"Throws them so hard they make that dent in the wall?"
"Yep, right over there!"
"Steve's my hero, Jon." Except when he's the Don't Be That Guy guy, that is, which he was for much of his stint aboard. "Ready light's on, it's time." "Okay..."
I step up to the rig and push BEAM ON and the ka-THUNK! sound of the vacuum contactor, followed by the quiet, emphatic Tick! of the step-start dropping out, slaps the room and the POWER OUT meter quivers and leaps up to 95%. I've stepped back -- it makes me nervous, starting the finals up and Jon turns to me, happy, "Fixed!"
"Fixed? We know whats not wrong and it's back on, Jon, but there was no reason for it to have shut down. Something's not right. I'm thinking the lower limit for Back Heater OK's set too high; we'll set it a step lower."
"Isn't that inside?"
"In the HV section, you betcha. We'll let 'er run a bit, then shut down, open up and have a look."
After a half hour and another of Jon's tales, it was time to have a look inside the rig -- this yarn was a rehash of the time the Lupine and sister ship Vulpine caught first sight of the Far Edge mothership SeeYa! (if radar and fuzzy optics count as "sight") since her abrupt and unannounced departure from what was supposed to have been the U.S. Space Force missile base on the Moon (and didn't that take some fast talking to smooth over with the Russians, not to mention our NATO allies). "Sight" was all it was, a distant, fading contact in the Linden system, where they'd once again had radio contact with a burgeoning settlement. By that point, the fleeing Far Edge revolutionaries? Refuseniks? had a very nearly reliable squirt-booster system, but the USSF was still having to do brute-force de-orbits, flaming ballistic re-entries ending in parachute landings with their handful of shuttle craft and were having a good day when half of them landed relaunch-ready without needing extensive repair. Jon had been on the second lander down, which darn near augered in; last I heard, the wreck was still in the Star City museum. The story's a little different every time he tells it but even discounting the wilder bits, it's some adventure.
But all good things come to an end, or in this case get cut short in the middle of his amazing hard-way discovery that basic homebrew vodka has no discernible taste. I dropped the final into OFF, Jon swore yet again that after having launched with a hangover in a lander cobbled together from the best parts of three others, nothing would ever bother his digestion again. Meanwhile the Stardrive cycled down, high-speed blower howling to silence followed by the OFF tally lighting up, it and LIQUID COOLING OK the only two indicators on the Christmas Tree still lit.
Walked around to the back of the cabinet, popped the Control Power switch which frees the mechanical interlock to the big rotary HV-shorting switch and flipped that switch while turned away: it's behind a clear window so you can be sure it's made contact, five places, and there can still be a little charge in the power filters. If so, there will be what Tweed terms "a small flash." Yeah, right, _small_ -- last time it happened, I had sunburn on the backs of my fingers. Stepped back to the Power Control cabinet where the contactors live (the High Voltage Supply proper, in its bath of hot oil, is in vacuum in a blister on the hull and even though that means it takes a pressure suit to work in it, I'm good with that, something about not wanting to be sprayed with transformer oil heated to its flash point) and snapped all three — Main, Control, Beam -- to off and engaged the lockout. No need to tag it ("Under Repair, leave your mitts off! Signed --") unless we have to leave it. Next step, pull the back panels and Tweed figured they shouldn't make it easy, lest we try it while the power's on: 16 screws per panel, three panels, and that still leaves the top quarter of the thing behind the cabinet-purge fans and the big shorting switch. Jon and I take a panel each and go to it, electric screwdrivers growling, the handy-dandy toe rail a danger to knees as we work our way down, stashing the screws in plastic bags as we go. Only need two panels off for where we're after, which doesn't take too long. Jon stows the panels in clips between the Power Control while I unclip the shorting hook and poke around at the bits that had better not be live. They're not.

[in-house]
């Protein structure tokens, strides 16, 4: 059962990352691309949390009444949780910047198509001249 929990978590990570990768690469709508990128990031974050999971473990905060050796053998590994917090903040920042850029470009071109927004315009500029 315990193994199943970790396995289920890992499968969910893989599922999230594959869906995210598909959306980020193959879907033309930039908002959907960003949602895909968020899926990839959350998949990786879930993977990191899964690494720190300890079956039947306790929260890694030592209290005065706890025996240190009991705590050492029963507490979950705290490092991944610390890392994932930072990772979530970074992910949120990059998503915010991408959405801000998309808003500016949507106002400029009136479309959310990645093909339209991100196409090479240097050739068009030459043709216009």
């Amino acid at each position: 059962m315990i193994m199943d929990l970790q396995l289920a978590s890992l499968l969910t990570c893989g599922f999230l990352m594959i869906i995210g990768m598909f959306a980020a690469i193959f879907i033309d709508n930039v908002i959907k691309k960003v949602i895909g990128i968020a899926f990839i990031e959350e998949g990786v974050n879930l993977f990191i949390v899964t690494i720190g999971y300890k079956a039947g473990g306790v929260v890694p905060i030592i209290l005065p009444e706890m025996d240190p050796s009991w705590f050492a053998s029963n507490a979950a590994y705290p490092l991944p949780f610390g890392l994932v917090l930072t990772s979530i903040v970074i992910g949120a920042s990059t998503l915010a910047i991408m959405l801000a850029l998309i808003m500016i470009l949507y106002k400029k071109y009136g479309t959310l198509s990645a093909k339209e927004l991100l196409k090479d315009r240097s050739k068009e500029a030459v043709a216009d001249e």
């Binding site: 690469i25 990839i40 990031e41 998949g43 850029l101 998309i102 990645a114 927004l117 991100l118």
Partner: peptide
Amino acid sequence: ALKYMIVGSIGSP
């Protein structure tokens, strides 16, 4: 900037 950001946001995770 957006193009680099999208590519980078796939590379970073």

Stuck my head in and unlatched (thanks, Tweed. For once) the cover over the Isolated Supplies Board, lifted it off and dead center on the circuit board thus revealed are two rows of jumper pins, labelled "HI LIMIT" and "LO LIMIT," with voltages indicated next to each pin. "LO" is on -- wait for it, wait for it -- the lowest setting. Of course.
It's not that complicated a thing to diagnose; a component has drifted in value. The ones we can check with power off, not so much, which leaves the exotic and wonderful compared-to-what reference, a two-lead component the civvy version of which you can buy at your neighborhood electronic emporium* and the 'Drive-field hardened version of which I have right... Riiight... Um. Not here. Not there. And after checking the database, we haven't stashed any with Stores & Cargo, either. The Chief will have Comments. They will be short, pithy and will not employ any words you could not say to Girl Scouts but it's gonna remove my hide in strips nonetheless. Oh, happy day.
* What, you don't have one? The homeworld gets stranger and stranger to me with every year.
(TO BE CONTINUED)